Torre  KM, Payette  MJ.  Combination biologic therapy for the treatment of severe palmoplantar pustulosis.  JAAD Case Rep. 2017;3(3):240-242.PubMedGoogle ScholarCrossref
23.
Gottlieb  A, Sullivan  J, van Doorn  M,  et al.  Secukinumab shows significant efficacy in palmoplantar psoriasis: results from GESTURE, a randomized controlled trial.  J Am Acad Dermatol. 2017;76(1):70-80.PubMedGoogle ScholarCrossref
24.
Torii  K, Furuhashi  T, Saito  C,  et al.  Increased peripheral Th17 in patients with pustulosis palmaris et plantaris.  Arch Dermatol Res. 2011;303(6):441-444.PubMedGoogle ScholarCrossref
25.
Lillis  JV, Guo  CS, Lee  JJ, Blauvelt  A.  Increased IL-23 expression in palmoplantar psoriasis and hyperkeratotic hand dermatitis.  Arch Dermatol. 2010;146(8):918-919.PubMedGoogle ScholarCrossref
26.
Murakami  M, Ohtake  T, Horibe  Y,  et al.  Acrosyringium is the main site of the vesicle/pustule formation in palmoplantar pustulosis.  J Invest Dermatol. 2010;130(8):2010-2016.PubMedGoogle ScholarCrossref
27.
Murakami  M, Hagforsen  E, Morhenn  V, Ishida-Yamamoto  A, Iizuka  H.  Patients with palmoplantar pustulosis have increased IL-17 and IL-22 levels both in the lesion and serum.  Exp Dermatol. 2011;20(10):845-847.PubMedGoogle ScholarCrossref
28.
Skov  L, Beurskens  FJ, Zachariae  CO,  et al.  IL-8 as antibody therapeutic target in inflammatory diseases: reduction of clinical activity in palmoplantar pustulosis.  J Immunol. 2008;181(1):669-679.PubMedGoogle ScholarCrossref
29.
McGeachy  MJ, Chen  Y, Tato  CM,  et al.  The interleukin 23 receptor is essential for the terminal differentiation of interleukin 17-producing effector T helper cells in vivo.  Nat Immunol. 2009;10(3):314-324.PubMedGoogle ScholarCrossref
30.
Sofen  H, Smith  S, Matheson  RT,  et al.  Guselkumab (an IL-23-specific mAb) demonstrates clinical and molecular response in patients with moderate-to-severe psoriasis.  J Allergy Clin Immunol. 2014;133(4):1032-1040.PubMedGoogle ScholarCrossref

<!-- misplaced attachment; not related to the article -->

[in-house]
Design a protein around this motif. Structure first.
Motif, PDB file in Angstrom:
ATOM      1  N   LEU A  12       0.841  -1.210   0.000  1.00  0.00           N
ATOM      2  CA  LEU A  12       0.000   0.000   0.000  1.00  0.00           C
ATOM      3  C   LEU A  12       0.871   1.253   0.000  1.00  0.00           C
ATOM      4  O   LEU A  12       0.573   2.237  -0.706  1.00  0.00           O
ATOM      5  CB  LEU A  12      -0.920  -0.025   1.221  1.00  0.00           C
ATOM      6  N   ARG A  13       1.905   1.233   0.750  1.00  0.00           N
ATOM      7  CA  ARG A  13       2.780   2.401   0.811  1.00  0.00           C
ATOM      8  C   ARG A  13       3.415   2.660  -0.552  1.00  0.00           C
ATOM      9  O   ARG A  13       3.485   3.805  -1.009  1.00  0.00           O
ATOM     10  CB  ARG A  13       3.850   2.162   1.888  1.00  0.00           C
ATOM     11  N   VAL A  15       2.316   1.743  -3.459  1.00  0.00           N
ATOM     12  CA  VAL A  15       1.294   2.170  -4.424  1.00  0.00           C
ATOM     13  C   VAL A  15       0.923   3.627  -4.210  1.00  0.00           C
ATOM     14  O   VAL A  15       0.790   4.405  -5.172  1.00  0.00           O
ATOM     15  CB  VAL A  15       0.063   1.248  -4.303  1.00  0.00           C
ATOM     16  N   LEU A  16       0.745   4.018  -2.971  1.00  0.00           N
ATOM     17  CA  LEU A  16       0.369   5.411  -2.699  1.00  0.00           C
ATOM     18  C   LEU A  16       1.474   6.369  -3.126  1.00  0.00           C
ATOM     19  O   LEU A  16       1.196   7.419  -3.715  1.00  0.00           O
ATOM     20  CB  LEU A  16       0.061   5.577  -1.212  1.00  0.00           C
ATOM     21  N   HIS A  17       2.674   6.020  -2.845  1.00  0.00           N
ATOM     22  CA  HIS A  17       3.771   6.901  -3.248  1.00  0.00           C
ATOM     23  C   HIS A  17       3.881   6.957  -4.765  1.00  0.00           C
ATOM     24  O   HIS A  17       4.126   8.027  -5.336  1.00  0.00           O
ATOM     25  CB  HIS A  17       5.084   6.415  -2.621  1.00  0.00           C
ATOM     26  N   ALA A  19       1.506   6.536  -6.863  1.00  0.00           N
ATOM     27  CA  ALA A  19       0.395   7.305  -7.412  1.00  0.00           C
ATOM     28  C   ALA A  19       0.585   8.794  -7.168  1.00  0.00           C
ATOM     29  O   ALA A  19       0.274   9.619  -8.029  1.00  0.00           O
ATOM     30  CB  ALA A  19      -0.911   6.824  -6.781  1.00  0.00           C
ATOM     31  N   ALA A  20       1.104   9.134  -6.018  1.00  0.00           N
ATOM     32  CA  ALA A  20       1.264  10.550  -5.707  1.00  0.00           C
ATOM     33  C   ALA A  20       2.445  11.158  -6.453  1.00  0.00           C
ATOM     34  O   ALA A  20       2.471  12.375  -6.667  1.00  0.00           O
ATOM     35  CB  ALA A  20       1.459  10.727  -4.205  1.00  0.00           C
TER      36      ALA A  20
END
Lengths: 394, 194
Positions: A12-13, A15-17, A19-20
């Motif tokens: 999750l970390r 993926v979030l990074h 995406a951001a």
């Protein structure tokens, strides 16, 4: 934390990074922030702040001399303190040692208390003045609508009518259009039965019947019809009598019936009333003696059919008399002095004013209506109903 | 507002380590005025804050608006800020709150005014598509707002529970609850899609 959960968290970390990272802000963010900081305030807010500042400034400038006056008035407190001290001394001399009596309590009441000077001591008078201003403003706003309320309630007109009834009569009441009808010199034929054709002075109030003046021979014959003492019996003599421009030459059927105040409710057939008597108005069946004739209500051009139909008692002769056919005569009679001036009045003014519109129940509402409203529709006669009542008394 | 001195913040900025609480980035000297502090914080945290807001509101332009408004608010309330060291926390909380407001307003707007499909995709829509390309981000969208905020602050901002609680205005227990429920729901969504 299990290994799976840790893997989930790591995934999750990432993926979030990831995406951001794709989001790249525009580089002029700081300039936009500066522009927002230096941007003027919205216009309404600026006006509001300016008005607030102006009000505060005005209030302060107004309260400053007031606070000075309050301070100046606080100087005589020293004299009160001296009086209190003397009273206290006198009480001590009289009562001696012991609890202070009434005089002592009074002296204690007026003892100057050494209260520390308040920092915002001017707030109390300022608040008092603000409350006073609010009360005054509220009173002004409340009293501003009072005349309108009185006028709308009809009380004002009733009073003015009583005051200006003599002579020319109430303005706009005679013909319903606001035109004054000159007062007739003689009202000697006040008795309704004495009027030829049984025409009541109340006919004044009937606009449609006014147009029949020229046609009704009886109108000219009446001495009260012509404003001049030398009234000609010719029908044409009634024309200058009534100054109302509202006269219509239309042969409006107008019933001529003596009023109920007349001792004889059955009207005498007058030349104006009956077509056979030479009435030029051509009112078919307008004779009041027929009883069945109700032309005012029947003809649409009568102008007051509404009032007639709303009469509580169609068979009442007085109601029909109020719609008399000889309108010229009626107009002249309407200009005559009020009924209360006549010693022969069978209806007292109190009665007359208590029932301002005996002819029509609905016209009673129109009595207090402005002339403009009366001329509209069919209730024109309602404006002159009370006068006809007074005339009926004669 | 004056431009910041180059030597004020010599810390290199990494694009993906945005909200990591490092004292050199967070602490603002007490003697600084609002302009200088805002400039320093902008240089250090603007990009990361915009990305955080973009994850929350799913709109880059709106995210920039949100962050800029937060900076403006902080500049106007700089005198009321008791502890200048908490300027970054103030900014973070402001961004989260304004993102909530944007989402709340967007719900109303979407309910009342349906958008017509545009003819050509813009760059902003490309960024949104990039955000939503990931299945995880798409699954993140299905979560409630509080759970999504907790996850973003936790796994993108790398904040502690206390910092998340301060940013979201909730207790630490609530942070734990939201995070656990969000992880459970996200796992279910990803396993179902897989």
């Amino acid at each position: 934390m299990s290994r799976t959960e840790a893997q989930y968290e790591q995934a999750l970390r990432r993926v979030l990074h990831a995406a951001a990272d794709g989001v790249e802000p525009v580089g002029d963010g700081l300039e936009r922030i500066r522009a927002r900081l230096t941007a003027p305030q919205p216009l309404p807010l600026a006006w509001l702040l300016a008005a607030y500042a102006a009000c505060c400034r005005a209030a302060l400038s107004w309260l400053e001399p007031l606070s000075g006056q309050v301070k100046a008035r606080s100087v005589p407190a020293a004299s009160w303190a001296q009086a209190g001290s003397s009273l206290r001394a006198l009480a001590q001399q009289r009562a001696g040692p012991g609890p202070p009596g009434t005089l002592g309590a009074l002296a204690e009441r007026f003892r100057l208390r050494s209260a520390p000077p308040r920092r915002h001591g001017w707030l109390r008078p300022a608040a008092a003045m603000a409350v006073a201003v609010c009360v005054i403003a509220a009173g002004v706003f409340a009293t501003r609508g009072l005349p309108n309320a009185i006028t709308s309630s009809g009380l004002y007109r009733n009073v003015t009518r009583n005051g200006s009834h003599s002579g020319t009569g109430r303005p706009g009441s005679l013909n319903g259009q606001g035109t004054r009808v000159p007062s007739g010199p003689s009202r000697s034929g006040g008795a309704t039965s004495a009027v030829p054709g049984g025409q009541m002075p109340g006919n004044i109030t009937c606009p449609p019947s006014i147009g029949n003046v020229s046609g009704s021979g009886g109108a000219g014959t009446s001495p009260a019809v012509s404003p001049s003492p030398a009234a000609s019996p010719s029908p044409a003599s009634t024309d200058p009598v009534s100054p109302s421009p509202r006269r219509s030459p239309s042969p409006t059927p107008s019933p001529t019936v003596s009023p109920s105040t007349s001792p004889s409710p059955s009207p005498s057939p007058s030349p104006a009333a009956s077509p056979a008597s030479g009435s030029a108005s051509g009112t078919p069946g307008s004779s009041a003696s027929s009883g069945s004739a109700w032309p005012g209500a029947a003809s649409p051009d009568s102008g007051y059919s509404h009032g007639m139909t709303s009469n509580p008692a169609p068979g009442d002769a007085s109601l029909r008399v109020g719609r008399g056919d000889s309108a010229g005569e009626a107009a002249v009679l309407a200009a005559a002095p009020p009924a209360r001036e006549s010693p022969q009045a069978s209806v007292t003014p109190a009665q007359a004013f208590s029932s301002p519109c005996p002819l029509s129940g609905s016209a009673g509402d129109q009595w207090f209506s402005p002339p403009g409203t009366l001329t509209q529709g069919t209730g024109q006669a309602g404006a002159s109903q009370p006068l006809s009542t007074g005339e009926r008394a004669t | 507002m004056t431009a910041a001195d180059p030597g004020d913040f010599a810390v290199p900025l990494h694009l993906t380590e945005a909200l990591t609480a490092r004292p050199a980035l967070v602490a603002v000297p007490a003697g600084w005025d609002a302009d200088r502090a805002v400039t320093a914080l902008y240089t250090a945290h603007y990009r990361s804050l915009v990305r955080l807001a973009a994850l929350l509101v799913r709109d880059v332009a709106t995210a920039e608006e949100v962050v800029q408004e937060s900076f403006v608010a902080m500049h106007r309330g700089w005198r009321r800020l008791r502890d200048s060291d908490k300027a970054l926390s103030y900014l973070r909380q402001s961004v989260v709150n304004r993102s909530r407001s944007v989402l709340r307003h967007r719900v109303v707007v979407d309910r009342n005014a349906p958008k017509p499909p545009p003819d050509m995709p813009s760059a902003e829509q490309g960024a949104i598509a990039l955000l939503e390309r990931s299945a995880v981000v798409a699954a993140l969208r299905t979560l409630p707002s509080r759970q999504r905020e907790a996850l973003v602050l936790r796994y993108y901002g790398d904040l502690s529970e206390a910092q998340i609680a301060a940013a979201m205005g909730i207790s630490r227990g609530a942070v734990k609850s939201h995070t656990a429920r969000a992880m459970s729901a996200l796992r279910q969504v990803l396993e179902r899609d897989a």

31.
Gordon  KB, Duffin  KC, Bissonnette  R,  et al.  A phase 2 trial of guselkumab versus adalimumab for plaque psoriasis.  N Engl J Med. 2015;373(2):136-144.PubMedGoogle ScholarCrossref
32.
Reich  K, Armstrong  AW, Foley  P,  et al.  Efficacy and safety of guselkumab, an anti-interleukin-23 monoclonal antibody, compared with adalimumab for the treatment of patients with moderate to severe psoriasis with randomized withdrawal and retreatment: results from the phase III, double-blind, placebo- and active comparator-controlled VOYAGE 2 trial.  J Am Acad Dermatol. 2017;76(3):418-431.PubMedGoogle ScholarCrossref
33.
Blauvelt  A, Papp  KA, Griffiths  CE,  et al.  Efficacy and safety of guselkumab, an anti-interleukin-23 monoclonal antibody, compared with adalimumab for the continuous treatment of patients with moderate to severe psoriasis: results from the phase III, double-blinded, placebo- and active comparator-controlled VOYAGE 1 trial.  J Am Acad Dermatol. 2017;76(3):405-417.PubMedGoogle ScholarCrossref
34.
Stritesky  GL, Yeh  N, Kaplan  MH.  IL-23 promotes maintenance but not commitment to the Th17 lineage.  J Immunol. 2008;181(9):5948-5955.PubMedGoogle ScholarCrossref
35.
Nemoto  O, Hirose  K, Shibata  S, Li  K, Kubo  H.  Safety and efficacy of guselkumab in Japanese patients with moderate-to-severe plaque psoriasis: a randomised, placebo-controlled, ascending dose study  [published online December 9].  Br J Dermatol. 2017. doi:10.1111/bjd.16236Google Scholar
×